Craig Young, a researcher with security firm Tripwire, said he
discovered an authentication weakness that leaks incredibly
accurate location information about users of both the smart
speaker and home assistant Google Home, and Chromecast, a small
electronic device that makes it simple to stream TV shows, movies
and games to a digital television or monitor.
Young said the attack works by asking the Google device for a list
of nearby wireless networks and then sending that list to Google’s
geolocation lookup services.
“An attacker can be completely remote as long as they can get the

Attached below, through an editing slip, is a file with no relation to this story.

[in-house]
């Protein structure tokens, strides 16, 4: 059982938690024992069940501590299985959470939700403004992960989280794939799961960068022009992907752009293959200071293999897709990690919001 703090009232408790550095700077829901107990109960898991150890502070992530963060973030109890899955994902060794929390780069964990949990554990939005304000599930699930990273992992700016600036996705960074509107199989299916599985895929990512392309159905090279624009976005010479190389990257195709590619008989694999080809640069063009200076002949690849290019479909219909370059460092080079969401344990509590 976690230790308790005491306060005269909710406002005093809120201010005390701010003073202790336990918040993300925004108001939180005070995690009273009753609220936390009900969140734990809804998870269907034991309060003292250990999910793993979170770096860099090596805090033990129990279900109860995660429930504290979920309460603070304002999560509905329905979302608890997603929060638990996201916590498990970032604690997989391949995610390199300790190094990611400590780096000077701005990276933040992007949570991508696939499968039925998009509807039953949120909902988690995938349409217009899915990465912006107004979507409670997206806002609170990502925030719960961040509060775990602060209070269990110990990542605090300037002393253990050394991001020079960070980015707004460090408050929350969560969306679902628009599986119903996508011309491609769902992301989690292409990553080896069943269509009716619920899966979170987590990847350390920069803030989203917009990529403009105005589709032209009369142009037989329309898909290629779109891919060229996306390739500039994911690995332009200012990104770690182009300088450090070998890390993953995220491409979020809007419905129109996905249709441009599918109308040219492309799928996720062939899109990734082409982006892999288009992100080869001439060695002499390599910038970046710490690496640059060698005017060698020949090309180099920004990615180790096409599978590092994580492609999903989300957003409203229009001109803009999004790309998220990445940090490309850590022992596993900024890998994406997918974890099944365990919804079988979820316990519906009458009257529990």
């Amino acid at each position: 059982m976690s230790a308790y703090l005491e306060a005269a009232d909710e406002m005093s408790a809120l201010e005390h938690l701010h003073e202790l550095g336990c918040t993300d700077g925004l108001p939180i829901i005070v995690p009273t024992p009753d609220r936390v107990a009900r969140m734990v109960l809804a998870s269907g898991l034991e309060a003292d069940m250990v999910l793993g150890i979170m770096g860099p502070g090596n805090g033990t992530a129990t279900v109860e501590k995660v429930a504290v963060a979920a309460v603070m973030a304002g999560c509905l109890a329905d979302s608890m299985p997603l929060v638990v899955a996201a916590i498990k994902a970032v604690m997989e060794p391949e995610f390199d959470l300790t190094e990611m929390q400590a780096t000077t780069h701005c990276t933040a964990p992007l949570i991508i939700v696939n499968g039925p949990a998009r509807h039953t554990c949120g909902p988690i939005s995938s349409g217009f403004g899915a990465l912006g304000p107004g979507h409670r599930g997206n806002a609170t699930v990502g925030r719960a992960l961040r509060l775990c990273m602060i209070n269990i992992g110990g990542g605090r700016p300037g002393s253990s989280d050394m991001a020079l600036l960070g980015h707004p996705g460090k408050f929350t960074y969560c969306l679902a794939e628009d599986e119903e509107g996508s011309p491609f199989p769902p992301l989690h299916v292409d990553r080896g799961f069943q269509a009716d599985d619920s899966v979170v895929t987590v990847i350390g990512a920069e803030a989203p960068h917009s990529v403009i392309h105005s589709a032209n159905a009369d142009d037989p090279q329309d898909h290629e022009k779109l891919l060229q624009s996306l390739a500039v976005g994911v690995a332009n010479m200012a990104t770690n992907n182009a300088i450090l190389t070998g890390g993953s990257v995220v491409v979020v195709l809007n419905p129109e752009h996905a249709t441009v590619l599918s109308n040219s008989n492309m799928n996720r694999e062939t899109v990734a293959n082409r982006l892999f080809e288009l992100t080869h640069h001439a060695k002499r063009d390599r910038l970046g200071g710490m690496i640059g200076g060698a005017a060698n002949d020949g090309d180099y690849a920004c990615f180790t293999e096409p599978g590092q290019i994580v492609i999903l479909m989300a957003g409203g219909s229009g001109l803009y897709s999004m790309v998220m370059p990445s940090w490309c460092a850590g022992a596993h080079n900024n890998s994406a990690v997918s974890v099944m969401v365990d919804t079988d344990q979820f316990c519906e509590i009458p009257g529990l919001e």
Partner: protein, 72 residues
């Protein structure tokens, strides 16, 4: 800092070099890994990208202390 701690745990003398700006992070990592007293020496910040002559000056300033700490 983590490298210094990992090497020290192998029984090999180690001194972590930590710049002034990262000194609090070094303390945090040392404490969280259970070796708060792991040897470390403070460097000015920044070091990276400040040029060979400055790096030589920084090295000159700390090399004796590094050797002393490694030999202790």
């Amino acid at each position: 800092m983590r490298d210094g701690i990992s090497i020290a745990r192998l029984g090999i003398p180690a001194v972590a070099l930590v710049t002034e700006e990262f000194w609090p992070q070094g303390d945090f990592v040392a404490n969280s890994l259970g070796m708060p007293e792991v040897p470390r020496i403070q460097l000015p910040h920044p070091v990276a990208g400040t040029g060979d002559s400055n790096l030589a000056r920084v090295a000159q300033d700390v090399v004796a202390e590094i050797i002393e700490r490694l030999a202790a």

victim to open a link while connected to the same Wi-Fi or wired
network as a Google Chromecast or Home device,” Young told
KrebsOnSecurity. “The only real limitation is that the link needs
to remain open for about a minute before the attacker has a
location. The attack content could be contained within malicious
advertisements or even a tweet.”
Young is getting location data accurate to within 10 meters from his exploit. All you have to do to be exposed is open a web page and leave it open for a minute. This is the common sense fear of this whole Internet of Things movement: that these devices we’re putting on our networks aren’t secure, even the ones from big companies like Google.